This morning, I had a second attempt at the LASIK surgery. I was SO close. After the second try today, I was under the machine. I don’t even think I budged. The suction just didn’t take and my eyeball was swollen again, so we couldn’t continue. That’s when the doctor said we should wait a few months, so I’m just frustrated with the whole thing.
Once I woke up from my Valium-induced nap, after sobbing for a few minutes (which I don’t usually do), I felt the urge to bake something chocolate-y. In my mind, I pictured a chocolate cake, but I think that’s because I’ve been binging on Private Practice and in the first few episodes, Dell Parker, the hottie receptionist, kept baking chocolate cakes. Well, actually, it was his grandmother’s baking, but he claimed it was his because he wanted to win over his boss.
I scrolled through the new “Food Network” app (I volunteered to try out their beta app and provide my opinions to a survey) and didn’t really find any chocolate recipes that sounded appealing. That is, except the Chewy Chocolate Chip Cookies. It was perfect: the recipe was easy, we had most of the ingredients, exactly the comfort food I needed to get my mind off of self-deprecation.
One of the ingredients I needed from the store (which my mother had to drive me to since I wasn’t out of the woods just yet from the multiple doses of Valium) was the chocolate chips. I chose the Nestlé Toll House bag and all I kept thinking was the Friends episode where Monica spends a few days working hard, trying to figure out the chocolate chip cookie recipe that Phoebe’s grandmother made. Since the recipe was lost in a fire, Monica had to use her culinary skills to figure out what was in it. Then, in the end, when she’s exhausted and just gives up, Phoebe says that her grandmother got it from her friend in France named “Nestlé Toulouse”. Then, Monica says, “NESTLÉ TOLL HOUSE?!” and then flings a bag of chocolate chips at her to see if that’s the recipe. Then, Phoebe stands up excitedly and says, “YES!!!” It was hilarious, but Monica saying, “Nestlé Toll House” was always on my mind, so that brought me even more joy in my therapeutic baking.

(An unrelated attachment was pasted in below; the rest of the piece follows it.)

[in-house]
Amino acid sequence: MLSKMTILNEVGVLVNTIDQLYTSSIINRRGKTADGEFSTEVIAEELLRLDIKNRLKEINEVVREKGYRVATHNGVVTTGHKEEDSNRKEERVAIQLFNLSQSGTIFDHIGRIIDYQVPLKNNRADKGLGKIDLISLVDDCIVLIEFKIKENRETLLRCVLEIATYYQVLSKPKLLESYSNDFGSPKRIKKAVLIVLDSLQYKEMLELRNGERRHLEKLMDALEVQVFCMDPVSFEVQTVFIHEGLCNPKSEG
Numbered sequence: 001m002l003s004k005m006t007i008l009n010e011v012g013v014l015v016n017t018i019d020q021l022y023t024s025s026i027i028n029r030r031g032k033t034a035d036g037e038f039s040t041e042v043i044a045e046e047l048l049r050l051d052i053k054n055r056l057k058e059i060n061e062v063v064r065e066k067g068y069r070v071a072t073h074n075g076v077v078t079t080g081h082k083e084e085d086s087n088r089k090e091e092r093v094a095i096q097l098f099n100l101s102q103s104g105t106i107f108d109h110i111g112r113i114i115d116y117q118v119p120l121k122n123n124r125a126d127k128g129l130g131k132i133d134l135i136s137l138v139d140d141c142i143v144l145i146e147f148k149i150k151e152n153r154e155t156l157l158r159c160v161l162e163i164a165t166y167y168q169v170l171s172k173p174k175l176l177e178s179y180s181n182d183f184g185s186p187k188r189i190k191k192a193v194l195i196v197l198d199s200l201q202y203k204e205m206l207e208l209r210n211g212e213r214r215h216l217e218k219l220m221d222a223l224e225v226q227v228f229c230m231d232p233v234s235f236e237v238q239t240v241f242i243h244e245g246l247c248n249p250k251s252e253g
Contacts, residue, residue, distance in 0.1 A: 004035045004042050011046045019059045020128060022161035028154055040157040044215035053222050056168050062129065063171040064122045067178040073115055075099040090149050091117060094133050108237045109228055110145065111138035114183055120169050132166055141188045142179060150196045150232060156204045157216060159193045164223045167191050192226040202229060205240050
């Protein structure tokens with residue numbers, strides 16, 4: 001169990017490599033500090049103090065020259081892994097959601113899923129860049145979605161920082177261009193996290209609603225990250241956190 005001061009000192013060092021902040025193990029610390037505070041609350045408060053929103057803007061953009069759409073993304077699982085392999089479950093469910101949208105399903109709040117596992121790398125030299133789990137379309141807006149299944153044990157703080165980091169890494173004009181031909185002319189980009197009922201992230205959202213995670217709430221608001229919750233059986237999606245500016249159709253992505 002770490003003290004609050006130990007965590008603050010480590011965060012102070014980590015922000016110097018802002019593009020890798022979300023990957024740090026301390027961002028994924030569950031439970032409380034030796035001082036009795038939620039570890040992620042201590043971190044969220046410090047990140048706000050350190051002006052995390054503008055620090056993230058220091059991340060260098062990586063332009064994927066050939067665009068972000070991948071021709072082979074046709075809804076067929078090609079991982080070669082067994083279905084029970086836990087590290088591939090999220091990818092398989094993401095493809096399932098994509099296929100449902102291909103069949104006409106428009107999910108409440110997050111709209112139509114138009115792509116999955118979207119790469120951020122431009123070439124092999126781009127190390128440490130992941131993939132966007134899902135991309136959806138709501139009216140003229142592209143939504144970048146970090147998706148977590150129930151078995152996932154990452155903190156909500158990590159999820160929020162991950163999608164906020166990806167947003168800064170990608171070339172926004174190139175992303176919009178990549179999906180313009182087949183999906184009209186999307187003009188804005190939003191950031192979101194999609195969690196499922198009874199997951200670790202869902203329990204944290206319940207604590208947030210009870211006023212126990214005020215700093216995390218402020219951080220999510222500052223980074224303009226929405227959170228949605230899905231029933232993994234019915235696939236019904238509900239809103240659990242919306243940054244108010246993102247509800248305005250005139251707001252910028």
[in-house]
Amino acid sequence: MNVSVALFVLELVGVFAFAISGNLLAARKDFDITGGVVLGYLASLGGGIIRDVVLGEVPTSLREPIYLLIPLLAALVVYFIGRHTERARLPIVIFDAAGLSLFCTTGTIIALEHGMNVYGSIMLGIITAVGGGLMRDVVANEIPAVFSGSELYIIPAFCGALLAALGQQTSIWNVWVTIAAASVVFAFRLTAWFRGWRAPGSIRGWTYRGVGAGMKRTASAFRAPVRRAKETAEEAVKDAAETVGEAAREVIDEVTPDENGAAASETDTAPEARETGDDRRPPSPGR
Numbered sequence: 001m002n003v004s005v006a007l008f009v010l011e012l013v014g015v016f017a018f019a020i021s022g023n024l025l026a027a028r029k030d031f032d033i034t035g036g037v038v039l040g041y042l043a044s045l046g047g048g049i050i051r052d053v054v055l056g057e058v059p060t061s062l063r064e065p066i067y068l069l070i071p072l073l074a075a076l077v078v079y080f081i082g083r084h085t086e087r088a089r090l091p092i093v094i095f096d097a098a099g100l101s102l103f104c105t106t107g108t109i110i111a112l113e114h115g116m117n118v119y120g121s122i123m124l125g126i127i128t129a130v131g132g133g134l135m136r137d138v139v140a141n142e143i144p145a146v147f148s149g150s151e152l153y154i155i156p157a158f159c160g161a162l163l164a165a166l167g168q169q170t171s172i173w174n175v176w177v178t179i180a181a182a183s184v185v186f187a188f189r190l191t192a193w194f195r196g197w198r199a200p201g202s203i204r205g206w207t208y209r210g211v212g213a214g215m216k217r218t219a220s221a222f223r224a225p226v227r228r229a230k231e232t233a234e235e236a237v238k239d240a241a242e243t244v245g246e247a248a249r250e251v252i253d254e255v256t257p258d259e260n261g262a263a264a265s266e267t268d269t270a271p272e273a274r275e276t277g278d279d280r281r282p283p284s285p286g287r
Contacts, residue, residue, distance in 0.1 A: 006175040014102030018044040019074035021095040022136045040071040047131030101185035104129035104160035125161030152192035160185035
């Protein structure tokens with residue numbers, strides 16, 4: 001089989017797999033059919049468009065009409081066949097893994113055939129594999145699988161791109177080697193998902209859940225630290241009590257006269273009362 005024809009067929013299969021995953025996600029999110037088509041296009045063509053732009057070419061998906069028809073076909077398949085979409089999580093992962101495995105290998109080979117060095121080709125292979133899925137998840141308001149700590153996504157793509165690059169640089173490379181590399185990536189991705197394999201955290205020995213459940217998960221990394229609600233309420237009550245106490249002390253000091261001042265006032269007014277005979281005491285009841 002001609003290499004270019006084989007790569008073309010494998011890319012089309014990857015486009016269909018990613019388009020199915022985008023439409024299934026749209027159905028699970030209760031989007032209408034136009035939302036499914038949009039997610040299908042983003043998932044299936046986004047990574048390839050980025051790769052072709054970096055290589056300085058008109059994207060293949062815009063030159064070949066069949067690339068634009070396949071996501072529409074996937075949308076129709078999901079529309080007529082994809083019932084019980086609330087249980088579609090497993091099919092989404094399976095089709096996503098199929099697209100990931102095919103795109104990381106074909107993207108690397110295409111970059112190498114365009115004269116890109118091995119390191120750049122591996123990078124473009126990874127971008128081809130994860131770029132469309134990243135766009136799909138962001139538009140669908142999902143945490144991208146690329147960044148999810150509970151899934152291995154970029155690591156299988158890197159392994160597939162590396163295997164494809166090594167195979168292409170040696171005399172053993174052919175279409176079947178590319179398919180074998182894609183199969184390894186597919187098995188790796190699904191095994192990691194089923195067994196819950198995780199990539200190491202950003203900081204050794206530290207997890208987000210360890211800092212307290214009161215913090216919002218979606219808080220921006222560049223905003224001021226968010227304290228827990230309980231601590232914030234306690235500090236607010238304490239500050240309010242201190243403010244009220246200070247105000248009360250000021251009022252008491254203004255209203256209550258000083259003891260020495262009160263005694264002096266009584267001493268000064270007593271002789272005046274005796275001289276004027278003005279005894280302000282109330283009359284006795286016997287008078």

Anyways, as I said before, it was a simple recipe. Once the chips were mixed into the batter, I used a baking spatula to stir them in and realized the recipe says to mix by hand. Whoops, but who cares? The job is done without harming the beautiful chocolate chips.
The struggle is really in placing each chunk on the trays. Whatever the lump looks like determines how it looks in the end. I wanted soft, flat cookies. While they were all soft, some of them were slightly crispy on the bottom, which I thought was due to the placement in the oven. There are two racks set at the center and bottom. I tested out this theory, since it was either because of the placement or the amount of cookies per tray. We have one that can fit 12 and one with six.
So this is how I placed them in the oven: 12 over 6. The 6 was the one that had the crispy bottom, but it was still soft. This is how it looked on a plate: I know. Yum, right? I tasted one cookie from each tray to check the difference.
Second batch: Six over 12 this time. I forget which bottom was crispier, but I recall my conclusion was that the number of cookies per tray impacted it, not the placement.